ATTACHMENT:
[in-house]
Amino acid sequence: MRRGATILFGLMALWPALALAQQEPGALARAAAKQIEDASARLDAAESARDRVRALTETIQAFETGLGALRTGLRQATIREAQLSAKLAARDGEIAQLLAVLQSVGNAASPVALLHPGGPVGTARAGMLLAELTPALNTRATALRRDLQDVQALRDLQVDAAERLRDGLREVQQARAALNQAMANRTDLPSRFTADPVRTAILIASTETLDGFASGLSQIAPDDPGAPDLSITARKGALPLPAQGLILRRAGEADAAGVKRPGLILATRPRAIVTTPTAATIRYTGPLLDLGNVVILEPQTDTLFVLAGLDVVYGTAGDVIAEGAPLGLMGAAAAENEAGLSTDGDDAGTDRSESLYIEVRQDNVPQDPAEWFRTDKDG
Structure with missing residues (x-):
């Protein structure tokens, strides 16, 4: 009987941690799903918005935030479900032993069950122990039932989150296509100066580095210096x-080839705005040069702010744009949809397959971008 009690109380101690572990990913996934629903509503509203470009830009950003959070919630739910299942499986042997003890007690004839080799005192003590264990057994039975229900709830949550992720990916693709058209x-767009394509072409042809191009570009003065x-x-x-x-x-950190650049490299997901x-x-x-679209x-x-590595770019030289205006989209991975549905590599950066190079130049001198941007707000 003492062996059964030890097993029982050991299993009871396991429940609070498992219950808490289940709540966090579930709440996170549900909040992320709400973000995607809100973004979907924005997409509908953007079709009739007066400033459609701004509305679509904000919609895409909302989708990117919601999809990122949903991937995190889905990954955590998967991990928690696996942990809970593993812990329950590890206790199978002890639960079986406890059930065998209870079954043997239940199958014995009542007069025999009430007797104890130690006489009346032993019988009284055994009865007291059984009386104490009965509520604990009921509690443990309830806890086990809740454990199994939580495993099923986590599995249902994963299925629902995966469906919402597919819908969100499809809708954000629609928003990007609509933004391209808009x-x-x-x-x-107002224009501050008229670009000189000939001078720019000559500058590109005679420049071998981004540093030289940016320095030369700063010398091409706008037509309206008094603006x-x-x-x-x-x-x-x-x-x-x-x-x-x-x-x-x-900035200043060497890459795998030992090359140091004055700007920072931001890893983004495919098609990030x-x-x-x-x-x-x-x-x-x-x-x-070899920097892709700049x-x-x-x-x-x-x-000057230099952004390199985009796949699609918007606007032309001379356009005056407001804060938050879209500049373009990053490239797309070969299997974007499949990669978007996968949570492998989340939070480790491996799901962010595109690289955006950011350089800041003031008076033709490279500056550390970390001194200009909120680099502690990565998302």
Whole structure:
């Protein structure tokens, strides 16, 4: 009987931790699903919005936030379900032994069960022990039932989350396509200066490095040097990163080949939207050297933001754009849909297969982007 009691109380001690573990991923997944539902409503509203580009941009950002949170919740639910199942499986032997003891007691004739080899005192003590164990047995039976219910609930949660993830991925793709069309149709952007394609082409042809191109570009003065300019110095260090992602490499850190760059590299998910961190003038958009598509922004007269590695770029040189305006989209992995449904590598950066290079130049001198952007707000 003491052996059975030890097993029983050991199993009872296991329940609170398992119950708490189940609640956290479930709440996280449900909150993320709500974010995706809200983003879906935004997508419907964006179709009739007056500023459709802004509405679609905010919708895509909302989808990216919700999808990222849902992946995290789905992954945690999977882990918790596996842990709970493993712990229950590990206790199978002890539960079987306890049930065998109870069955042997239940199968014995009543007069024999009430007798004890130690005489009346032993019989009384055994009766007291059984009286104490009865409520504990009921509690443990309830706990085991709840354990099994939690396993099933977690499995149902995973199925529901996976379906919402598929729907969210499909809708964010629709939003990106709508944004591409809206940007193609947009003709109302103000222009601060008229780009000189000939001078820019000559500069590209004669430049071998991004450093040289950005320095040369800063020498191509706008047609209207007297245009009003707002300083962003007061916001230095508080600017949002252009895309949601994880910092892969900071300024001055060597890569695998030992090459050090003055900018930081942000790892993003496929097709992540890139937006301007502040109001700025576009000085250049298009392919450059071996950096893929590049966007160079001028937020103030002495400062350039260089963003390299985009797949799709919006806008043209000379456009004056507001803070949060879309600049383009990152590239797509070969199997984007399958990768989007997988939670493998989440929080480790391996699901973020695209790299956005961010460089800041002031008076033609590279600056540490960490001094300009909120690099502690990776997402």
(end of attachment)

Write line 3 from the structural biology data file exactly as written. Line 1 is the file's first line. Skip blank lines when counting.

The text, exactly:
Structure with missing residues (x-):